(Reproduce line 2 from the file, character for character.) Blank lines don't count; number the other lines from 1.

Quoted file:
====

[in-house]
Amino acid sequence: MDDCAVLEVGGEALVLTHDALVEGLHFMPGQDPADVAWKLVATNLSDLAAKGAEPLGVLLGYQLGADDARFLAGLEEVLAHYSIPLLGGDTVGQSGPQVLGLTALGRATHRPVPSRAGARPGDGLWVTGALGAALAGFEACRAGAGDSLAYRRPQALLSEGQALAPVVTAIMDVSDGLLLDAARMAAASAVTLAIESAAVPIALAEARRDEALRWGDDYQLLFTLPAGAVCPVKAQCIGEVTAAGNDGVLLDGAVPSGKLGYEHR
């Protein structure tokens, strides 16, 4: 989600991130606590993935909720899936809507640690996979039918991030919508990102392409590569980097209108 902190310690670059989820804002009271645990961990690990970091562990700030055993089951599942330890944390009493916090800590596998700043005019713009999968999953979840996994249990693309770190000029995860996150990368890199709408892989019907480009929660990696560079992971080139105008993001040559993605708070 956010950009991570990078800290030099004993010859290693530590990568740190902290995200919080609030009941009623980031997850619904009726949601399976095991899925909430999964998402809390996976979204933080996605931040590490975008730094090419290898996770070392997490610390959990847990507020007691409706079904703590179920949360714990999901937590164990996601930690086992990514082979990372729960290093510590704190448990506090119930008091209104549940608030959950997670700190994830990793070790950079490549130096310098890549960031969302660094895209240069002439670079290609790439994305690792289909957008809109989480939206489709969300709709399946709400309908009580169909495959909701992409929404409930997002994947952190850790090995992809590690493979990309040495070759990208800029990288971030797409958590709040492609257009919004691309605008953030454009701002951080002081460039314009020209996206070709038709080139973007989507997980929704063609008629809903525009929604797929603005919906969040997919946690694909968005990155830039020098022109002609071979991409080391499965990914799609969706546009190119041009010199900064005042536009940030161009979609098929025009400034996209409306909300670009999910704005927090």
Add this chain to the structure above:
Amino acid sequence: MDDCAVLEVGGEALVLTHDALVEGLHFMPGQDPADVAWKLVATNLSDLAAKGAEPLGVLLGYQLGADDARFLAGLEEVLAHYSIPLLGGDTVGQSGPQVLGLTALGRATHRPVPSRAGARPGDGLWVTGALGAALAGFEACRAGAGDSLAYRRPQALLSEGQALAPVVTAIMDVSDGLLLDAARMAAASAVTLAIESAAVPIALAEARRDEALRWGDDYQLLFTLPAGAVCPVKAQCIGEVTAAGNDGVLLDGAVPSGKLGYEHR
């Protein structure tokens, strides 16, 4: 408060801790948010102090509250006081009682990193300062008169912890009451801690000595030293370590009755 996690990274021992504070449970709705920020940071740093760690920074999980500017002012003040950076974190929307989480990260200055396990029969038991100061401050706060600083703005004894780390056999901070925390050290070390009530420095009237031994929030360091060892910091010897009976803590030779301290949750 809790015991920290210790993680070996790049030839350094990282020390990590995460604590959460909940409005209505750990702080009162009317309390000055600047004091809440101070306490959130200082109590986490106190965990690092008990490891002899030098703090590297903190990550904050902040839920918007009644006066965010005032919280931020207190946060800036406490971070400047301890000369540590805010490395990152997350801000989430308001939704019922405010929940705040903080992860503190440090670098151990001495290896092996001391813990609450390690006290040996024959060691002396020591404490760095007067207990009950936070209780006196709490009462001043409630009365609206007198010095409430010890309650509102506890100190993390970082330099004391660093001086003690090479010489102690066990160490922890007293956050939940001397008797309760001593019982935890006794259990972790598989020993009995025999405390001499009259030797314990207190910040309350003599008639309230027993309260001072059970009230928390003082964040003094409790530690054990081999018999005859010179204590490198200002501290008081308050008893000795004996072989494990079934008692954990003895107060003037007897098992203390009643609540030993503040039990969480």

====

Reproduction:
Amino acid sequence: MDDCAVLEVGGEALVLTHDALVEGLHFMPGQDPADVAWKLVATNLSDLAAKGAEPLGVLLGYQLGADDARFLAGLEEVLAHYSIPLLGGDTVGQSGPQVLGLTALGRATHRPVPSRAGARPGDGLWVTGALGAALAGFEACRAGAGDSLAYRRPQALLSEGQALAPVVTAIMDVSDGLLLDAARMAAASAVTLAIESAAVPIALAEARRDEALRWGDDYQLLFTLPAGAVCPVKAQCIGEVTAAGNDGVLLDGAVPSGKLGYEHR